She's a stable and well-mannered boat and cruising is largely a hands-off affair. She turns with the characteristics of an IPS cruiser in that nothing happens fast thanks to the turning limits of the pods at speed. Bring the speed down and the turns can tighten up. We tested on a flat, calm day so the only comments we can make about waves are from the camera boats wake and they showed a smooth transition with no hull slap and a dry ride. Most of that dry ride had to do with the 6’4” (1.93m) freeboard aft and 6’9” (2.06m) forward.
Of course, where she really shines is at the dock, where her maneuverability in close confines can be best put to use. She responds well to the steering and is able to make tight turns quite well. She tracks solidly against the crosswind. When it comes time to actually dock the Cantius 42, a touch of a button activates the joystick, and we transitioned to docking mode. Then we can bring her in with exact detail. There's a great view and comfort level at that side window, and it keeps the pace relaxed and dialed in.
The 42 Cantius has a water-level swim platform that comes out 4’ (1.52m) from the transom so it’s plenty deep to act as a private beach. A reboarding ladder is to the starboard side under a hatch. An electric-hydraulic platform is an option and it includes stairs to port that are deployed as the platform lowers into the water.
An optional grilling console is at the transom. It features a grill in the center flanked by storage with three covers opening on gas struts. Below is a refrigerated drawer. To the starboard transom there’s a single 50-amp shore power connection with a city water inlet right alongside. Cleats are mounted up high and out of the trip zone. A freshwater shower is just above.
Ascend the three steps from the port side of the swim platform and into the cockpit of the 42 Cantius. It’s quite large measuring in at 6’8” x 8’2” (2.03m x 2.49m). There’s a lounge that wraps around in an L-shape to starboard and across the transom. Stowage for two carry-on coolers, or a life raft, is under the outboard bottom cushions. Storage under the aft seats joins with the storage at the grilling station at the platform. A small table fits into a pedestal for an al fresco lunch or post-cruise cocktails. A second table is optional.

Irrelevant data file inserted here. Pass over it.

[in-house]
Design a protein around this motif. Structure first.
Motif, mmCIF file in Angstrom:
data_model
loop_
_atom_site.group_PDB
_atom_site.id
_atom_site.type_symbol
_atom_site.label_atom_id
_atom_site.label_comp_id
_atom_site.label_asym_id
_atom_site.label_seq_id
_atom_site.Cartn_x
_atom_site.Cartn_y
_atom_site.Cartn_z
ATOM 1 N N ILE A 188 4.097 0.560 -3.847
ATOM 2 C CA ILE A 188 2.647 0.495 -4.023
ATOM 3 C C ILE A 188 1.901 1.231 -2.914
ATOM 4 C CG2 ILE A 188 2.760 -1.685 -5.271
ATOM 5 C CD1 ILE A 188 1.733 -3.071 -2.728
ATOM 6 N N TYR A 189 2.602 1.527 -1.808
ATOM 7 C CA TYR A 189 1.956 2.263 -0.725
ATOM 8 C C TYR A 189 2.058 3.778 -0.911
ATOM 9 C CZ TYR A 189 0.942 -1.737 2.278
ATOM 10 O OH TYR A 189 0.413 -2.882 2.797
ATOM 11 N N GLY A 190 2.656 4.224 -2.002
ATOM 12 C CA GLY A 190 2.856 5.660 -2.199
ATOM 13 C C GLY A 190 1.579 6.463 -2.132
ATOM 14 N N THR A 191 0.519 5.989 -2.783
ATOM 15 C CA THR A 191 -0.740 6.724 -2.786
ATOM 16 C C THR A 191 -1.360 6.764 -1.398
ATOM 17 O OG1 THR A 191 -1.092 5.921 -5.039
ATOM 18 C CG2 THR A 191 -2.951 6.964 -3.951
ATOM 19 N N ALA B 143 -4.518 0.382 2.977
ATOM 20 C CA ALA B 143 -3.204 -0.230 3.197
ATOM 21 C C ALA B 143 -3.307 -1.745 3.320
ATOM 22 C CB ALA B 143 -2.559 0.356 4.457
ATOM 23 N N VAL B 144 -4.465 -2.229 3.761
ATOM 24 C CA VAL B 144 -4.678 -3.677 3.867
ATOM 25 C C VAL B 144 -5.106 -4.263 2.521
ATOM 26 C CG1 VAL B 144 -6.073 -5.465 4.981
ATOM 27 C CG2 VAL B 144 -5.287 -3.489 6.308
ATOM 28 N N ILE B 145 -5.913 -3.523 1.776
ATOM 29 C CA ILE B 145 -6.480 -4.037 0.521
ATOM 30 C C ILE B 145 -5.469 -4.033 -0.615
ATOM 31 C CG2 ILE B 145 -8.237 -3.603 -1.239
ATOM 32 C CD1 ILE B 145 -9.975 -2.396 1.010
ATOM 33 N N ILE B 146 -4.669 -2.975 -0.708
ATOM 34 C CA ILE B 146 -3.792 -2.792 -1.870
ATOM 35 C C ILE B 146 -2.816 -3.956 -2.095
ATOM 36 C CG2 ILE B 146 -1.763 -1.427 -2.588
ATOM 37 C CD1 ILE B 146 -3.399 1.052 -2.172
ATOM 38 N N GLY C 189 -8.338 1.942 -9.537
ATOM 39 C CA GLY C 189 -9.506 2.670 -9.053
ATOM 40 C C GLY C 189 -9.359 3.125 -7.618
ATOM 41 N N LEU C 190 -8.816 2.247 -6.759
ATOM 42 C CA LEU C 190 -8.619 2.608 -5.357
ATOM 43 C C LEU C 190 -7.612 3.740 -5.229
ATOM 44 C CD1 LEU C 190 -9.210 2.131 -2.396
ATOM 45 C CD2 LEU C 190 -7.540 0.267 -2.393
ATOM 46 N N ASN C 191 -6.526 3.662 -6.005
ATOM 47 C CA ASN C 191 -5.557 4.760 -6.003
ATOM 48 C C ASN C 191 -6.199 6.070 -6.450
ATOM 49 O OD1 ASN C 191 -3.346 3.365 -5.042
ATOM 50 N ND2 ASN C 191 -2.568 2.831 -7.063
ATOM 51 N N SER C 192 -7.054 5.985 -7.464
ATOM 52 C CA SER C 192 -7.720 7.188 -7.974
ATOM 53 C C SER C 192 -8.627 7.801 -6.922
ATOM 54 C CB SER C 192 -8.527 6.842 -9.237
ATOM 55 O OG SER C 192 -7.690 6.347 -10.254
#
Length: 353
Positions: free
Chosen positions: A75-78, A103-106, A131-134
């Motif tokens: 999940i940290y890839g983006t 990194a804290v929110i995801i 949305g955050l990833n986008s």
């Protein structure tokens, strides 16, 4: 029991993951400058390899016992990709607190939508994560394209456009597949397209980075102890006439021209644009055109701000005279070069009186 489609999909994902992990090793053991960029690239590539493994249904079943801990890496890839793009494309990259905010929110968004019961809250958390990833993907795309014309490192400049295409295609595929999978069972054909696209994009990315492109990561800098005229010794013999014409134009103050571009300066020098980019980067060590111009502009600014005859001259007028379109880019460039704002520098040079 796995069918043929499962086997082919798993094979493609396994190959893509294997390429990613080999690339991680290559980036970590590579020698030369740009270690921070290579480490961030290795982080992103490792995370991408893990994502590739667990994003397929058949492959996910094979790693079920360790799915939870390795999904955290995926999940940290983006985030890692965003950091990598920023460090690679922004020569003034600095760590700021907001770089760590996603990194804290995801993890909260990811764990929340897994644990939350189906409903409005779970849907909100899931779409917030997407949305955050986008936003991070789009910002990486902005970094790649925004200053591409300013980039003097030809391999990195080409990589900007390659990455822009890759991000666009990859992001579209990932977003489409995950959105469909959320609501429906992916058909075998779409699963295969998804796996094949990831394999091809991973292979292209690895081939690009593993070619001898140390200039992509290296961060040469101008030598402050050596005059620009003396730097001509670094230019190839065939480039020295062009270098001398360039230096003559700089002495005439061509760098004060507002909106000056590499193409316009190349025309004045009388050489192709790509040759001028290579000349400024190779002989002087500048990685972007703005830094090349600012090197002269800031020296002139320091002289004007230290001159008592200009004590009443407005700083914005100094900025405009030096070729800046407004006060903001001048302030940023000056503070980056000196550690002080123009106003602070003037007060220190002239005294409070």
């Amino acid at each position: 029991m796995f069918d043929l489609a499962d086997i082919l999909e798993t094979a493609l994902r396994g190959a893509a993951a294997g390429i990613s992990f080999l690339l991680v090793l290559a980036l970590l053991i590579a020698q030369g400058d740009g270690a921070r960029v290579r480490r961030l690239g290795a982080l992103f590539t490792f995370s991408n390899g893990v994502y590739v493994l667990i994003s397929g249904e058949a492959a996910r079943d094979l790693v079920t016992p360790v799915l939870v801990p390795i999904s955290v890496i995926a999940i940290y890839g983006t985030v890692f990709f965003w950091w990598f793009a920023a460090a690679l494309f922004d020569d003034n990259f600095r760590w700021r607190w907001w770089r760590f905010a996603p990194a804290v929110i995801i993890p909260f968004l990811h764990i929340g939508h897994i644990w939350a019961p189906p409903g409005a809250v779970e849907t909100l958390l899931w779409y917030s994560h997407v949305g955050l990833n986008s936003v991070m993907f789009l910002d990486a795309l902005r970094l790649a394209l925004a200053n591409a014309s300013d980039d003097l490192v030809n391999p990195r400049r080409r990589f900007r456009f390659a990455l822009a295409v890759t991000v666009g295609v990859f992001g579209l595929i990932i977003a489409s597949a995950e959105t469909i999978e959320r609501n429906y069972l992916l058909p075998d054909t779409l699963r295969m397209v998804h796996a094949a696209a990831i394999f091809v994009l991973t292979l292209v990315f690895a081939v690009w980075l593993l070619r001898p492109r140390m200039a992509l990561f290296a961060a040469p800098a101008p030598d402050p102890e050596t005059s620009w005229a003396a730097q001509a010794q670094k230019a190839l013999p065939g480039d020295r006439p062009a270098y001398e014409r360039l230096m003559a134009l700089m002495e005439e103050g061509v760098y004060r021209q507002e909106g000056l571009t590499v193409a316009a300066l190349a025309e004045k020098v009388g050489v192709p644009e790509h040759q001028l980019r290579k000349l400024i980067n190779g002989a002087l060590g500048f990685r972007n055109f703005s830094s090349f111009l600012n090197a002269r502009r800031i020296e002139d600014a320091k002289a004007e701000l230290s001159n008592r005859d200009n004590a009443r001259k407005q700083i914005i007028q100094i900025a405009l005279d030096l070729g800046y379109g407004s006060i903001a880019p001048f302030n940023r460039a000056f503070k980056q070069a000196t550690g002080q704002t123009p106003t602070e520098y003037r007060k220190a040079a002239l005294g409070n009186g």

Ahead and to port there’s a buffet serving area with counter space, beverage holders and a grab rail. Below is storage and an icemaker. All of this is under the protection of an optional extendable awning that comes out 5’ (1.52 m) from the trailing edge of the hardtop.
While there are passageways and full rails on both sides of the boat, it’s easier to head to the bow on the port side; a deckhand or passenger would have to step over the cockpit-lounge backrest to use the starboard side or access it from the swim platform.
Side decks measure 16” (40.64 cm) wide on average. Rails are at a good height of 20” (50.80 cm) and we like the grab rails on the pilothouse.
Fully forward the rails come up 29” (73.66 cm). Following a trend that we’re seeing more, Cruisers Yachts put some extra effort into the design and execution of the foredeck. There’s a U-shaped sun pad with 66” (137.64 cm) cushions that lay flat for group seating and sunning. The backrests can be raised into two separate positions to create dual forward-facing lounges. A wraparound bolster has integrated beverage holders to both sides. A 22” (55.88 cm) x 16” (40.64 cm) centerline table folds up and out from the center cushion on custom hinges to enhance the area’s versatility. There’s also an optional sunshade.
The recessed Quick windlass can also come equipped with an optional stainless-steel anchor on a thru-the-stem roller and an anchor washdown system. Foot control switches are to the side of the hatch.
A three-section stainless steel framed sliding door opens to the port-hand side and a full 5’4” (1.62m) to blend the inside with the outside. It also keeps the seating areas exposed to each other for social settings. There’s an open feel even with the doors closed thanks to the 6’6” (1.98m) clearance to the upholstered overhead. Wood tones are Ebony, Mocha is another option, and both are available in high gloss or Matt finish.